2. It’s never been worse. Three separate times this week I’ve heard either a talking head on television or someone in real life say that “our country has never been more divided” or “It’s never been worse.” One of the main problems with the laughably short human lifespan is that only being around for a few score decades and a lustrum or two means most people who don’t study it have no sense of history. You see way back in 1814 a foreign army burned the nation’s capital to the gound. I’d say that could be considered objectively “worse” than where we stand in 2019. Fifty years after the burning of Washington our country conducted a viscous, bloody, and protracted civil war. Now I’m not an expert, but that seems significantly more divided that we are just now.
3. Waiting. There’s never been a doubt in my mind that I would eventually get back to being a two dog household. I planned for a reasonable period of adjustment. I also wanted wanted to wait for the winter weather gave way to spring because housebreaking in the winter sounded infinitely more awful then doing it when it’s temperate. There’s also the fact that March and April constitute my “busy season” at the office. Thanks to one of my distinguished colleagues, though, I’m currently obsessing over any one of four English mastiff mix puppies up for adoption through a rescue outside of Baltimore… and trying to come up with a way to make jettisoning the plan sound at least passingly logical and not at all like something that would be a batshit crazy idea.
1. Snapchat reality. People are apparently having plastic surgery to make themselves look more like their favorite Snapchat filter. I’m perfectly willing to accept that there are good and valid reasons to have cosmetic surgery… but isn’t the whole point of Snapchat that it lets you look different without someone jabbing pointy objects into your face? Lord knows I’ve got an ego big as all outdoors sometimes, but thank sweet merciful Zeus it’s in absolutely no way dependent on the way I look and doing batshit crazy things to keep up an illusion that I do.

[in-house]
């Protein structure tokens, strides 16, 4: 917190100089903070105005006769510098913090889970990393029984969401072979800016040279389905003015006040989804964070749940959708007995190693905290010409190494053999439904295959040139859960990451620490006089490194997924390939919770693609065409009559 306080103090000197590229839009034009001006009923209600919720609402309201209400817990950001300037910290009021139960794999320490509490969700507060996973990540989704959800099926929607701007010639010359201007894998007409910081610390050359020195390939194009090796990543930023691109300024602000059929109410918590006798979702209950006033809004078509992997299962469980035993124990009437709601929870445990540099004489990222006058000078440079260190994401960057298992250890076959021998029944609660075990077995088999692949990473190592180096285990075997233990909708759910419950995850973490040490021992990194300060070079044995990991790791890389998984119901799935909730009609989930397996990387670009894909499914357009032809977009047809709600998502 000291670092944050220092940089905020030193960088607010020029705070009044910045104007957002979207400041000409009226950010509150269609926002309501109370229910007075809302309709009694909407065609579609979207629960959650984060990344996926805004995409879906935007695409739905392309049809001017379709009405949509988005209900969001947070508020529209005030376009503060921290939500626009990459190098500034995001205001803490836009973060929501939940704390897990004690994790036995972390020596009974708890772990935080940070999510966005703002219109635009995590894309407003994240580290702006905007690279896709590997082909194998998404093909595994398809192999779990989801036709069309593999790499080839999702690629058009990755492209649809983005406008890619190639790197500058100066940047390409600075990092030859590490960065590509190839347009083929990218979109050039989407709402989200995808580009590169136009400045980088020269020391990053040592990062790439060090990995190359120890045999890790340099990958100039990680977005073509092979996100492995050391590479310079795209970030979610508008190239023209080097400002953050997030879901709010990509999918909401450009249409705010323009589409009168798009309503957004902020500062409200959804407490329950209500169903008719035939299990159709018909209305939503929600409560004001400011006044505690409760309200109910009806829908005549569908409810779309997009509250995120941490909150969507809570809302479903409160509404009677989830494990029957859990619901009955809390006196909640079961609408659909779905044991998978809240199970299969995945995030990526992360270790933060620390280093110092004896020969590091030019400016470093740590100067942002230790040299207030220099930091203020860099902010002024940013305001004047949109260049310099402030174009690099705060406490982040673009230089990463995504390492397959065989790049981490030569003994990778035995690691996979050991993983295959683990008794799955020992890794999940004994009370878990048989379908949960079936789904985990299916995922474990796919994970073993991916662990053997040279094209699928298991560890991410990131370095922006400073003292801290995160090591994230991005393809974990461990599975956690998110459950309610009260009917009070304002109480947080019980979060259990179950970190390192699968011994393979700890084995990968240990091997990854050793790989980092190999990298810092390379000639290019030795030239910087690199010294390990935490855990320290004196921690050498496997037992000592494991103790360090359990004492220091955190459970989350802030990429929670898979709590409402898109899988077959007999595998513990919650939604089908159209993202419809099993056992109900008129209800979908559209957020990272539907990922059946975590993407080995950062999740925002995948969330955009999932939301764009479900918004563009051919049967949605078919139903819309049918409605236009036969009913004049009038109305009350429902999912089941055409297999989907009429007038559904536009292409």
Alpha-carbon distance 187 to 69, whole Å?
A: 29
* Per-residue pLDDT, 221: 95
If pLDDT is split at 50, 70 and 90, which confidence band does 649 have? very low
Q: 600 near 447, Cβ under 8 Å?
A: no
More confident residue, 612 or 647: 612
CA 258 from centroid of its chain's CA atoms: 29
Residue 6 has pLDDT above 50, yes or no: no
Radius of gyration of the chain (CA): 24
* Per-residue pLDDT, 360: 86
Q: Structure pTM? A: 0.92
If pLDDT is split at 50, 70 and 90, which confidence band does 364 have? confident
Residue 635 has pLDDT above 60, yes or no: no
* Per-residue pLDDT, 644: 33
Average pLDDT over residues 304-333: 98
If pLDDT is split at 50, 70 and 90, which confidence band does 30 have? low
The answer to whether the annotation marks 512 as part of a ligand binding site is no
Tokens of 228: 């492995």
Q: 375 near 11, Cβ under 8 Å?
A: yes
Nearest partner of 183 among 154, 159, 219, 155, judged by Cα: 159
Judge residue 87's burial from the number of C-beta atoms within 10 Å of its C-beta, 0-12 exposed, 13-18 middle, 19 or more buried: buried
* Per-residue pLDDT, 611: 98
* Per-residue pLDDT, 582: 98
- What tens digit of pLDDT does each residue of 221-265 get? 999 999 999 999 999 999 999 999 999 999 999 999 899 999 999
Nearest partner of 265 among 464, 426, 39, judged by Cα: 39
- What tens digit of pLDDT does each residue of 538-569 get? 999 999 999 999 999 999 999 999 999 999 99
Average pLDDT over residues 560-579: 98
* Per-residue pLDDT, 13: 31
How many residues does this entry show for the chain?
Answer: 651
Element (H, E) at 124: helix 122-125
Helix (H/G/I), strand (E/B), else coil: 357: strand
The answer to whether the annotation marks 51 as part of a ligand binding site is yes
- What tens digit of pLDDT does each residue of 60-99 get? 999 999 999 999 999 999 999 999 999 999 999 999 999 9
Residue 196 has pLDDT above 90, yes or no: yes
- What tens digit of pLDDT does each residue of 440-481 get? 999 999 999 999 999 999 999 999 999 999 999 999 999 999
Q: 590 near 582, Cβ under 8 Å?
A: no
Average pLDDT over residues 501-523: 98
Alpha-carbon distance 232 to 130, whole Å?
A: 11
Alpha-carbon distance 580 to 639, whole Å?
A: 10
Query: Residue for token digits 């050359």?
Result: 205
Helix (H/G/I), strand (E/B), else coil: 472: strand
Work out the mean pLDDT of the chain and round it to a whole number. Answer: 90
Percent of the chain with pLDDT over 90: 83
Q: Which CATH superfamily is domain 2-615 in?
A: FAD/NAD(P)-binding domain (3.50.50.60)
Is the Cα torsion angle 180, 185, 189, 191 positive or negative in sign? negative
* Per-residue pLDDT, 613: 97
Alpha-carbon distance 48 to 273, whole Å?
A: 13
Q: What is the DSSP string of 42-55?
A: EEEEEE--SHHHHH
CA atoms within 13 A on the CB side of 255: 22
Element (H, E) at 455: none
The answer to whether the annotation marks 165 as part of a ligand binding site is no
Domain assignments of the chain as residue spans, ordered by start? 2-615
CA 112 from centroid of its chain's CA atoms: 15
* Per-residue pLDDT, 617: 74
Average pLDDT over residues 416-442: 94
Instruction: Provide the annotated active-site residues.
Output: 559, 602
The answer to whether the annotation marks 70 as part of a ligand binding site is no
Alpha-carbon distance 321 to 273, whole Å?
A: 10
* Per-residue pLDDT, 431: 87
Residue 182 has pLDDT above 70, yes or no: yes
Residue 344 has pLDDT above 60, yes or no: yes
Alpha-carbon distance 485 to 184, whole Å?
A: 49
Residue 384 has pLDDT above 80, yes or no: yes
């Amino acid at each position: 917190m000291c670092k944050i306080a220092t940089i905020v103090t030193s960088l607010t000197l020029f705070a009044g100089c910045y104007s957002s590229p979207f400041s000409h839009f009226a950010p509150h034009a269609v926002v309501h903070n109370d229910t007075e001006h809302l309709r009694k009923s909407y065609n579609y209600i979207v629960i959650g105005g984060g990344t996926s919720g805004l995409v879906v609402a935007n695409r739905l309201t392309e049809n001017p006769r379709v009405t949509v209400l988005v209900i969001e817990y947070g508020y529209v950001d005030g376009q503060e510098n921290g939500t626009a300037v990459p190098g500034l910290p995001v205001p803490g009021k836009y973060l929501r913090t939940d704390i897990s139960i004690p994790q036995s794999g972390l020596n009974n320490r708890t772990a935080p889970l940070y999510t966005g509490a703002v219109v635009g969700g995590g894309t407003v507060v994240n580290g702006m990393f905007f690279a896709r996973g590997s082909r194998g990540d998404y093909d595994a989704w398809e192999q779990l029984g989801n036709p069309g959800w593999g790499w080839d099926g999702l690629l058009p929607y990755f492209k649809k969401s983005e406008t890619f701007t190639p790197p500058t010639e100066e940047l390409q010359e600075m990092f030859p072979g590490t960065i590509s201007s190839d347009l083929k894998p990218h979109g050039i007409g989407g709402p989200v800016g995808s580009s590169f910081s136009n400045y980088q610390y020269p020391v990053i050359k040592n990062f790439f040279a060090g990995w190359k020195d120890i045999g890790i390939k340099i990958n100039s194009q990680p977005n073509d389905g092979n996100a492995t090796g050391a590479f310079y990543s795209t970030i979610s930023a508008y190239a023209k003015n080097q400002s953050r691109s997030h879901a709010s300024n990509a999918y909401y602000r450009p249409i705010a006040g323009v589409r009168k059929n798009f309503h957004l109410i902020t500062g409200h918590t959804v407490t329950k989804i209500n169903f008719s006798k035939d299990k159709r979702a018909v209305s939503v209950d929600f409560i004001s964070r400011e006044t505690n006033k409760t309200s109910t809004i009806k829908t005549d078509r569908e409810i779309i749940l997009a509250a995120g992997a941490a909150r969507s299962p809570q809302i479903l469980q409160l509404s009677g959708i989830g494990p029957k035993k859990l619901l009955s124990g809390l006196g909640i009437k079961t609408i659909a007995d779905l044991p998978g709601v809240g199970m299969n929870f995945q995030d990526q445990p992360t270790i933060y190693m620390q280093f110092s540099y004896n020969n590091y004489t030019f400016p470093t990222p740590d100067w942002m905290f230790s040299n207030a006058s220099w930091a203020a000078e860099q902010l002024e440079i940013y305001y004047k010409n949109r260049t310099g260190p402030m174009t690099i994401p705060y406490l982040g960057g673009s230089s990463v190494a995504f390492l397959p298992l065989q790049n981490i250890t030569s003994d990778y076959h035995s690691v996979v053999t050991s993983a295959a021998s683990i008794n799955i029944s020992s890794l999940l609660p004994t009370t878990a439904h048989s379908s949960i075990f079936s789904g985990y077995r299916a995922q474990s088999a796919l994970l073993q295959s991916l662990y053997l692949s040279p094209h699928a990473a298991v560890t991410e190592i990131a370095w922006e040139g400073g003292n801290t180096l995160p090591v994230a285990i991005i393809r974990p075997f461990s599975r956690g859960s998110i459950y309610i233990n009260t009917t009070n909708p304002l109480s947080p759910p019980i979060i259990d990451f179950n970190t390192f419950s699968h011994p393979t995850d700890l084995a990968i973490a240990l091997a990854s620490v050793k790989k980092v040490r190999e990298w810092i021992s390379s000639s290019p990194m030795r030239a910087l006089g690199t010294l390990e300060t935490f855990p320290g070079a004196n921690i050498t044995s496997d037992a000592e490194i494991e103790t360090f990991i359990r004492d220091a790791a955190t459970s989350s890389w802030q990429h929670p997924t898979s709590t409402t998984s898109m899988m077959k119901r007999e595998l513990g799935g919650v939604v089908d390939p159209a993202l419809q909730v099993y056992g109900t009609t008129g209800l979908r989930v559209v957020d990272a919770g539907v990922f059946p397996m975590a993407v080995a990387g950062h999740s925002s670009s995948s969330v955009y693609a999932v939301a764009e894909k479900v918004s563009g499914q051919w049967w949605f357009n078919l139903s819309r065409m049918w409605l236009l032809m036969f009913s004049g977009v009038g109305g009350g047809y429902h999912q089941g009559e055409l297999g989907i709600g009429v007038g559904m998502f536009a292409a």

2. Getting handsey. You probably wouldn’t expect this, but I tend to go out of my way to be polite to people. Please, thank you, sir, ma’am, excuse me, are all words that come frequently from my face hole. Being a natural misanthrope isn’t a reason to behave like you’ve never learned any manners. I’ll gladly return courtesy with courtesy. I’ve always followed John Wayne’s basic rules for civilized behavior, of which the Duke said, “I won’t be wronged. I won’t be insulted. I won’t be laid a hand on. I don’t do these things to other people, and I require the same from them.” If, however, someone feels like they need to get handsey with me, I’ll happily drop all pretense of civility.
3. Dogs. No, not really dogs in general. It’s well established fact that I value and love dogs over all other living creatures. The one and only time I find dogs at all annoying is when you’re trying to get away for periods longer than their bladders are able to tolerate. With dogs (or at least the way I insist their care and feeding take place), getting away for anything more than a day trip involves herculean logistical feats which usually reach the level of requiring unjustifiable levels of effort. Yes, I know there are dog sitters and boarding facilities of which normal people might avail themselves. Frankly I can’t think of any more than half a dozen people on the planet who I’d willingly allow full, free, and unfettered access to my home. The number of people I’d trust with the care of the dogs is significantly lower than that. Yes, of course I realize this problem is self-inflicted based on my utter lack of faith in humanity, but that doesn’t make it any less annoying… and it doesn’t mean I’m wrong.
I should start by confessing that I’m almost use to confronting all manner of canine medical problems. It’s one of the less charming, but utterly unavoidable side effects of living with an English bulldog. It’s just something you come to expect. I’m not entirely sure he can surprise me anymore. Usually my response is more of a “Oh, he’s broken again.”
It’s when the Labrador retriever pulls up with the medical mystery, I’m admittedly taken completely by surprise. She’s been a mercifully healthy dog and I’m more than appreciative of having at least one that doesn’t need nearly continuous medical supervision.
Unfortunately last week I discovered Maggie had a lump about the size of half a golf ball under the skin just below her ribcage. A trip to the vet and biopsy obviously followed – and in the meantime I’ve been spending the time keeping my mind off it as much as possible. Patience, as we know, is not one of my great virtues. Since I don’t run my own diagnostic lab, of course, there’s nothing for it but to wait and see what results come back.
I’ll do it, but I will in no way commit myself to doing it patiently.